[python-advocacy] Proposal for Monthly podcast series

Tennessee Leeuwenburg tleeuwenburg at gmail.com
Mon Jun 18 01:50:37 CEST 2007

I would like to propose something, but it will require more work than I can
do by myself. However, I don't think it's onerous.

There are now a number of articles comparing Python web frameworks, and
comparing Python against the web frameworks in other apps.

A website, should be created with a snappy name. (Suggestions: PythonVsWeb,
PythonFrameworks). This website should contain: links to all known
comparison articles; two recommended frameworks; a list of email addresses
where interested parties can reach real people to talk to about choosing a
framework; a list of websites which actually use these frameworks; and links
to success stories.

As Editor-In-Chief of The Python Papers, I am more than happy to help in
soliciting, editing and publishing articles in this field. I am increasingly
of the opinion that Python's lack of a simple choice of web framework is
holding the language back from hitting "the big time". I have confronted
this difficulty myself (I chose Webware), but found the choice difficult and
confronting. It would have been easier if I were an experienced web
programmer, but I am an moderately experienced general programmer, with more
experience in desktop and server applications than web applications.

A simple grid of features would have gone a *long* way to simplifying my
decision. Many developers will want to use a Python framework over that of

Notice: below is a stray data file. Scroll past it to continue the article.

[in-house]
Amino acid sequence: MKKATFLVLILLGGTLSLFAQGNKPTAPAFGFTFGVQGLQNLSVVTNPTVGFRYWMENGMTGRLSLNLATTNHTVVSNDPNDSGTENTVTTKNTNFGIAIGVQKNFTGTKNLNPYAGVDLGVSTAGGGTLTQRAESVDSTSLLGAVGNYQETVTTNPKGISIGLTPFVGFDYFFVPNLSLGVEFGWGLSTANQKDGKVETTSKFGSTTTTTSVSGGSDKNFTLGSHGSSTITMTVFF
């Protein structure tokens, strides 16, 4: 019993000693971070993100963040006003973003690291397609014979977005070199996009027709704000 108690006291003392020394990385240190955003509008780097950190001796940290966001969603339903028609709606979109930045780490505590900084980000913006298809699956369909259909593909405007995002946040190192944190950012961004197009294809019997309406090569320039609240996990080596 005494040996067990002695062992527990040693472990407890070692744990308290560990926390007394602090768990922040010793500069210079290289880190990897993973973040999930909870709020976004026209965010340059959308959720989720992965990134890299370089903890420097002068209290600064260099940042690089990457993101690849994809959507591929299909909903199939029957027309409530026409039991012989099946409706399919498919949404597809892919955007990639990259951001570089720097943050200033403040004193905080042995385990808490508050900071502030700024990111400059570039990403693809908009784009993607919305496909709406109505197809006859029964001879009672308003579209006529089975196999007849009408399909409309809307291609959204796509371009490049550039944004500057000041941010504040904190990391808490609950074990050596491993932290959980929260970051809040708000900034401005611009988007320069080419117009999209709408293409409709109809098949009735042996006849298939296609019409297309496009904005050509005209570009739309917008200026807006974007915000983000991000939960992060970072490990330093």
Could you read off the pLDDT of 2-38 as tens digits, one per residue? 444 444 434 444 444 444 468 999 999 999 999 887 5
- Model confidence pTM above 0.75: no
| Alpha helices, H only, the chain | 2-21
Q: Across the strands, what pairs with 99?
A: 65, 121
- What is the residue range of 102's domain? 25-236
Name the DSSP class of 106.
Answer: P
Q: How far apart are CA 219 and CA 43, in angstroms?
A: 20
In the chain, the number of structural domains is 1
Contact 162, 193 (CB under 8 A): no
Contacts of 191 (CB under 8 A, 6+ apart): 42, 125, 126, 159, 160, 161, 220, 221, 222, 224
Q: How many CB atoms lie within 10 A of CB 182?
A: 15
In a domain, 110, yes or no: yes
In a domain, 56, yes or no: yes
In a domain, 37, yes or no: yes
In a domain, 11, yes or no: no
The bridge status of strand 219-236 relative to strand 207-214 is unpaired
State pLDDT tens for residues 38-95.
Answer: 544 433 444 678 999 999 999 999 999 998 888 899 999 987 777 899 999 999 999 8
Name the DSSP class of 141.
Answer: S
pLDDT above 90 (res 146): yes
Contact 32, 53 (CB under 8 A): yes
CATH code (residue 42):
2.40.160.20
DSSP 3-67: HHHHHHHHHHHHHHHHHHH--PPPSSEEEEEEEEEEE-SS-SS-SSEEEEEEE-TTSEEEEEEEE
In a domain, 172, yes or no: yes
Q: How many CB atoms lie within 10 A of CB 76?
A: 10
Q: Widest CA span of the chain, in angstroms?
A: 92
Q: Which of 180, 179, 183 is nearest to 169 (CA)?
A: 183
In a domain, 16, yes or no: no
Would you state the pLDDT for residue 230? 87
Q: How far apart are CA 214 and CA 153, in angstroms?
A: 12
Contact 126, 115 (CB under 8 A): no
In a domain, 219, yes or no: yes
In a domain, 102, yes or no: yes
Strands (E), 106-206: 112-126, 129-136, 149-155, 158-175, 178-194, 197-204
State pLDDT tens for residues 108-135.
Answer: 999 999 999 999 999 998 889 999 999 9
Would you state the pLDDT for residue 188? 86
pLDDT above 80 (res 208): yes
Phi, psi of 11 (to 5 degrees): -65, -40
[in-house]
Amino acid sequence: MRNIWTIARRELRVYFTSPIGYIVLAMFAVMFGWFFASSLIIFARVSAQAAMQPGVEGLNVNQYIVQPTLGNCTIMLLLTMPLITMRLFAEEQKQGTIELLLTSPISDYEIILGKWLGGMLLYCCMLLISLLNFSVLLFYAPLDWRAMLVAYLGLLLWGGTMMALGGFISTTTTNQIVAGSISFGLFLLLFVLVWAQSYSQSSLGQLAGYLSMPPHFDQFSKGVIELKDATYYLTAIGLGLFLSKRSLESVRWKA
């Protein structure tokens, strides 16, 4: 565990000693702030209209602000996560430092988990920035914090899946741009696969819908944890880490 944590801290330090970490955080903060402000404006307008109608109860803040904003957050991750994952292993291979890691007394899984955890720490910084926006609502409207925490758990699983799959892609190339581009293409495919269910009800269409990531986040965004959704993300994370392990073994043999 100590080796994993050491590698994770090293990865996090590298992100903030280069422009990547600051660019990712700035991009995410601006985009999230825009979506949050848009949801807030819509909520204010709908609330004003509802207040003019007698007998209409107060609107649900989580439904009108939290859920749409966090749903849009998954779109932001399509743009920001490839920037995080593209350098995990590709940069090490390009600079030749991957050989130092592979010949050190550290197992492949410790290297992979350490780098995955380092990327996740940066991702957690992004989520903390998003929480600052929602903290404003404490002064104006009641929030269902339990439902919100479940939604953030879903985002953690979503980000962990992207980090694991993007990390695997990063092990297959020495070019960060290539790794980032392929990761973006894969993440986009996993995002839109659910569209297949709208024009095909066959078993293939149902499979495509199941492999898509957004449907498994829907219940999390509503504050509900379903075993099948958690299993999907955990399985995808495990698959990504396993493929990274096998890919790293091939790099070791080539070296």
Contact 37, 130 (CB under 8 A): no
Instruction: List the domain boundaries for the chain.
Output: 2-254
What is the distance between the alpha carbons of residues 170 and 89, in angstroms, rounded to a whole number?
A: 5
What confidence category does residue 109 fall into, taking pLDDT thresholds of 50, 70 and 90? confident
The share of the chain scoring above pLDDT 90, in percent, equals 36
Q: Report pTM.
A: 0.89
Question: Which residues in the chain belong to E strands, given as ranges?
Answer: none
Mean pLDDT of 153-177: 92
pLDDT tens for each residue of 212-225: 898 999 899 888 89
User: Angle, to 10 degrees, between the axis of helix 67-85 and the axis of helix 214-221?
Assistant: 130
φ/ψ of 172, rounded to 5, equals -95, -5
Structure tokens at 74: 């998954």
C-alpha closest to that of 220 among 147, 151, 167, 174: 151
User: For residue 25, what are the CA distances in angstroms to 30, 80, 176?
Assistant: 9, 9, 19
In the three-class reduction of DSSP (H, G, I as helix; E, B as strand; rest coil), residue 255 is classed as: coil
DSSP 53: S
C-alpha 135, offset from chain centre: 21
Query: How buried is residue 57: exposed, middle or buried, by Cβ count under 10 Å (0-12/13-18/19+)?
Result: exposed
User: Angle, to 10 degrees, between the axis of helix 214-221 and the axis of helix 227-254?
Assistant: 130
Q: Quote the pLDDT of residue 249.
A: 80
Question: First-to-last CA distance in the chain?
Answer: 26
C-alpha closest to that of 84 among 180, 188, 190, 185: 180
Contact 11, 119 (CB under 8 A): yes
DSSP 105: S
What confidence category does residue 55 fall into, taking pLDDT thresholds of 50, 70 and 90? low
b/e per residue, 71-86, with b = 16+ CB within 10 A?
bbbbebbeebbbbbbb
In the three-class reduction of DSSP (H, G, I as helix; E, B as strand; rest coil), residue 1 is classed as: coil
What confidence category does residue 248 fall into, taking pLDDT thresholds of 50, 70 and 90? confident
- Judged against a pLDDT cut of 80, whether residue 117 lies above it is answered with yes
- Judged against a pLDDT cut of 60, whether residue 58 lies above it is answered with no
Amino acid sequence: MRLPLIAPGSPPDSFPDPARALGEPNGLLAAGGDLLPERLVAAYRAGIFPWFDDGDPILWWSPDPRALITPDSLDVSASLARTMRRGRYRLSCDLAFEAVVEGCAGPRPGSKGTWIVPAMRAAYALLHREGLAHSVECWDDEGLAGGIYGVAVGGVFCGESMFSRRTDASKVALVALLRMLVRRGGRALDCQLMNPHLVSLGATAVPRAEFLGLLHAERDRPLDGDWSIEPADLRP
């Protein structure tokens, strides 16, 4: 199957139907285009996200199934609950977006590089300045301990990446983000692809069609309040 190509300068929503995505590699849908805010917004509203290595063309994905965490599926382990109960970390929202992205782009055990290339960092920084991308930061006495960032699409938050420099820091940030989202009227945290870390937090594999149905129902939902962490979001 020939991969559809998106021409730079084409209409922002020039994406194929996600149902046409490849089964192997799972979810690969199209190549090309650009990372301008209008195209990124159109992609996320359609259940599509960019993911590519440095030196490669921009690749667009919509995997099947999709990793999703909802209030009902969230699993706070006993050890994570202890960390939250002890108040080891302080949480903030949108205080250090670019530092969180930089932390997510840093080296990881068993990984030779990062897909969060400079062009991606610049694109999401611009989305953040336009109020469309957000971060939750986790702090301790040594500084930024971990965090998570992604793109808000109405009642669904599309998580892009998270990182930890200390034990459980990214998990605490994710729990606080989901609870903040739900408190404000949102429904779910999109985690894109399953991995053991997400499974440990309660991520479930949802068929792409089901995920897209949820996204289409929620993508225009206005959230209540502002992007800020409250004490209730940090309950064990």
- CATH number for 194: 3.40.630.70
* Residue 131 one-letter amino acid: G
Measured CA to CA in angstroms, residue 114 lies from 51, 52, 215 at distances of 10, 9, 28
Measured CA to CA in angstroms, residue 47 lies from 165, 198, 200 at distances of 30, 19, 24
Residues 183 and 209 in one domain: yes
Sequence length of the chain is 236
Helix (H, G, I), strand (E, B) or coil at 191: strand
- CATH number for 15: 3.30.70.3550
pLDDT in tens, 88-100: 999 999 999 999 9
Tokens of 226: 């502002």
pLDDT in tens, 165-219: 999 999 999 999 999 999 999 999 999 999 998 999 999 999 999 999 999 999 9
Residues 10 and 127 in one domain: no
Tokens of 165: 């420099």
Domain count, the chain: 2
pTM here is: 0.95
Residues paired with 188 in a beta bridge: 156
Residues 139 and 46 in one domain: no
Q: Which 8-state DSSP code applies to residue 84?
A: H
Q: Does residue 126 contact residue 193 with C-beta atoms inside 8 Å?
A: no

other languages if they are using Python already. Similarly, many developers
will steer clear of Python if they are using a web framework from another
language. Many people will choose a language based on which one supports the
greatest number of their needs. Relying on existing Python mindshare will
make it hard to get into organisations which are more unfamiliar with it.

As we plan our next and following issue, I am trying to get in touch with
commercial and other employers who are using Python in the workplace to talk
about their experiences. If people could suggest companies that they know
which use Python to develop web apps, I would be more than happy to follow
up with those companies regarding writing and article for The Python Papers.
Perhaps they would be more interested in writing an article for a magazine
than for the python.org website.


On 6/18/07, Roy Smith <roy at panix.com> wrote:
> >> * Django (Turbgears and Pylons are both great projects and *equally*
> >> deserving of coverage - but would this be too much of a web-app focus)
> >> Oh, and there is always Zope. ;-)
> >
> > How about a 2nd 'track' that is just web technologies?
> If there is one thing Python is getting killed on, it's web apps.
> Specifically, Ruby on Rails.  We need to work on our image in this area,
> so I'm not worried if we focus too much on that.
> I've been pushing in my company for us to develop a Python scripting
> interface for our product.  We already have both a home-grown scripting
> language, and Perl.  There is wide-spread agreement that neither is
> satisfactory.  I've been pushing Python, but it's been an uphill battle
> against the Ruby mind-share.  Here's a quote from a recent discussion:
> > Python seems to be one of those specialty languages that builds up a
> > following but never makes it into the mainstream.  That doesn't make
> > it bad - Lisp, APL, SNOBOL, and Icon are other examples that come to
> > mind.  In fact, these language often are very well engineered and
> > their followers appreciate that quality.
> >
> > Ruby seems to be gaining rapidly increasing "mind share" these days.
> > Partly this is through the wide use of Ruby On Rails as a Web
> > development environment.
> Notice the point being made.  It's not about whether Python or Ruby would
> be a better language to write the product in, but which would be perceived
> by our customers as being more desirable.  And that perception is being
> driven by Rails.  That's what we need to be fighting.
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